For this to work, we need a macro to get the current Google Analytics status on the page.  For this we’ll configure in our Macro the UA property names (we’re using an array because we may have a dual tracking implementation, or the page may have a third party GA tracking and we don’t want to mess up with them). Then we’ll loop through all the trackers available to get their configured UA account, and if it matches our properties arrays we’ll return true.   See following flow diagram to see what’s the macro’s logic:

Google Tag Manager Migration Macro Flow Chart

Google Tag Manager Migration Macro Flow Chart

The next step we need to take is to setup a new firing rule, that will allow us to block our tags if the old trackers are still on the pages.

Captura de pantalla 2015-03-29 a las 1.51.46

Macro Code

We then add a blocking rule to our Google Tag Manager tags so they are not executed if any previous tracker initialized on the page.

We’ll need to keep one more thing in mind. As GA/UA code is asyncronous it may happen that Google Tag Manager tags get fired before the old code get executed, so we’ll need to delay our current tags while we’re migrating . This can be done setting the firing tag to DomReady event ( gtm.dom ), or even better for Window Load ( gtm.load ). This is not the best way to run an analytics implementation as we normally want our analytics tag to get fired ASAP, but we’ll be changing our tags firing rule to gtm.js/All Pages when we check the old code is already gone from the pages.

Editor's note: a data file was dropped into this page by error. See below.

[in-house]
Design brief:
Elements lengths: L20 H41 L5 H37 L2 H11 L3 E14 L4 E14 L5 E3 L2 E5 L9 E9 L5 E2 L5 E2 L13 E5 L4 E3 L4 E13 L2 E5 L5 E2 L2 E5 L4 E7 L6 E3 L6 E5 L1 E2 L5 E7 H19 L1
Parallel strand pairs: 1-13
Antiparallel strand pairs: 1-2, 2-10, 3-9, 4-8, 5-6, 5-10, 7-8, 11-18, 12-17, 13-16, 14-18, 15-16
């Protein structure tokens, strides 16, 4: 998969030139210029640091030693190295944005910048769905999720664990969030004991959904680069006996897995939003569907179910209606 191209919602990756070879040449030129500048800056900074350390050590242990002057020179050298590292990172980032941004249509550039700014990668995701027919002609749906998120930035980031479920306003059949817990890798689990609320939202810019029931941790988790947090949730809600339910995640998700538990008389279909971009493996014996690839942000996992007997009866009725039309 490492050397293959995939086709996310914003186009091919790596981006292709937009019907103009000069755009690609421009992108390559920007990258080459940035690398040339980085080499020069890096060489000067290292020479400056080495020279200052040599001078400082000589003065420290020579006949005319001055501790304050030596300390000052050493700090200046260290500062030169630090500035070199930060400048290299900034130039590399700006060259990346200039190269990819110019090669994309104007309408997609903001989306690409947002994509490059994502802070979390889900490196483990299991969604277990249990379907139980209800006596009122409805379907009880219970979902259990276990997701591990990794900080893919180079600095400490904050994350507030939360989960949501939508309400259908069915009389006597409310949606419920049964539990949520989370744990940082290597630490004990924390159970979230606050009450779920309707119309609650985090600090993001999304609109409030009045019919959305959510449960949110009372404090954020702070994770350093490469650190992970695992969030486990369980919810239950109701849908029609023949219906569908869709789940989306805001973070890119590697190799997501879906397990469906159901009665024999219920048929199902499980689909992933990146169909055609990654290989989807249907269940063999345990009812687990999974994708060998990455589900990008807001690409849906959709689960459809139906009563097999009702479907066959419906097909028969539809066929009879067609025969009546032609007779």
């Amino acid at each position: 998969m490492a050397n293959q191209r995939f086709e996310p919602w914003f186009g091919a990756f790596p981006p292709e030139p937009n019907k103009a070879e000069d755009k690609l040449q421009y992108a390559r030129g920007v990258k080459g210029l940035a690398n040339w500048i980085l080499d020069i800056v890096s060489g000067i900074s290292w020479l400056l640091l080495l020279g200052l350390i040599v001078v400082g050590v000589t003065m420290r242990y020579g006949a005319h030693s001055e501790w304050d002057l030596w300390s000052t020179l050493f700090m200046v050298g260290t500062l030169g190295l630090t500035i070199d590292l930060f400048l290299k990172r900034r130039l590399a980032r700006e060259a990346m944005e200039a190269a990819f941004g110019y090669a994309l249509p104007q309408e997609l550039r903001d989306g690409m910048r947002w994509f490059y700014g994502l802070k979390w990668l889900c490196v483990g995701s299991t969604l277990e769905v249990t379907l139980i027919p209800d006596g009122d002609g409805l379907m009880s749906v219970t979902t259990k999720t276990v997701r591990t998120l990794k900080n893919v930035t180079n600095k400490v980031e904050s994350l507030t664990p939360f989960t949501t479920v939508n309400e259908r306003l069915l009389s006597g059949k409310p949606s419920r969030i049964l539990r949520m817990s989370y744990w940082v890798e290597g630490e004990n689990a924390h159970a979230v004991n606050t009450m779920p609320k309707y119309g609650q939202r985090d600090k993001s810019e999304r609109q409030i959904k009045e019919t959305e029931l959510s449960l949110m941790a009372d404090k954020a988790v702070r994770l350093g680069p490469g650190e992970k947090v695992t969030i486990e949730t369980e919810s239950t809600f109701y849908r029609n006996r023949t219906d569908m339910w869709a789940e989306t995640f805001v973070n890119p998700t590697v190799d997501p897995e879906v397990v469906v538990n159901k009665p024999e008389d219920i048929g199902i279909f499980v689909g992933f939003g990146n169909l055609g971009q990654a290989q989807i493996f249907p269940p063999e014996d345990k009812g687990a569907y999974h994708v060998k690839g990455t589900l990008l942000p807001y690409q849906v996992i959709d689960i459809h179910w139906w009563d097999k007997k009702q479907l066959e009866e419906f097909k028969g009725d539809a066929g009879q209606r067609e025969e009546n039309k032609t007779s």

Let us know what you think about this implementation method in the comments section below.

Advanced Remarketing with Google Analytics & Google Tag Manager

From Data Layer to Dollars…

Some visitors are more profitable than others, and thoughtfully created Remarketing Lists can help businesses focus their ad spend on the most valuable visitors.  This can improve revenue, reduce costs, or both.

The key is discovering the common characteristics of visitors which make them more valuable than an average visitor, and then preferentially delivering ads (i.e. bid higher) to users who have these characteristics.  In other words, if you can segment your visitor base to identify which users have a higher potential value, you’ll be able to make smarter decisions with your advertising budget.  Utilizing features of Google Analytics and Google Tag Manager provides the opportunity to do this.

One of my favorite features of the Google Analytics / DoubleClick integration is the ability to add users to Adwords Retargeting lists with the click of a button.  Here’s an example of how I might come up with a good remarketing list:

Let’s start with a curious question –> How long does it take users to convert on the site?  The first place I would go to begin answering this question is by applying a “converted” segment (in this case, a purchase) to the Session Duration report.

transaction segment

transactions duration segment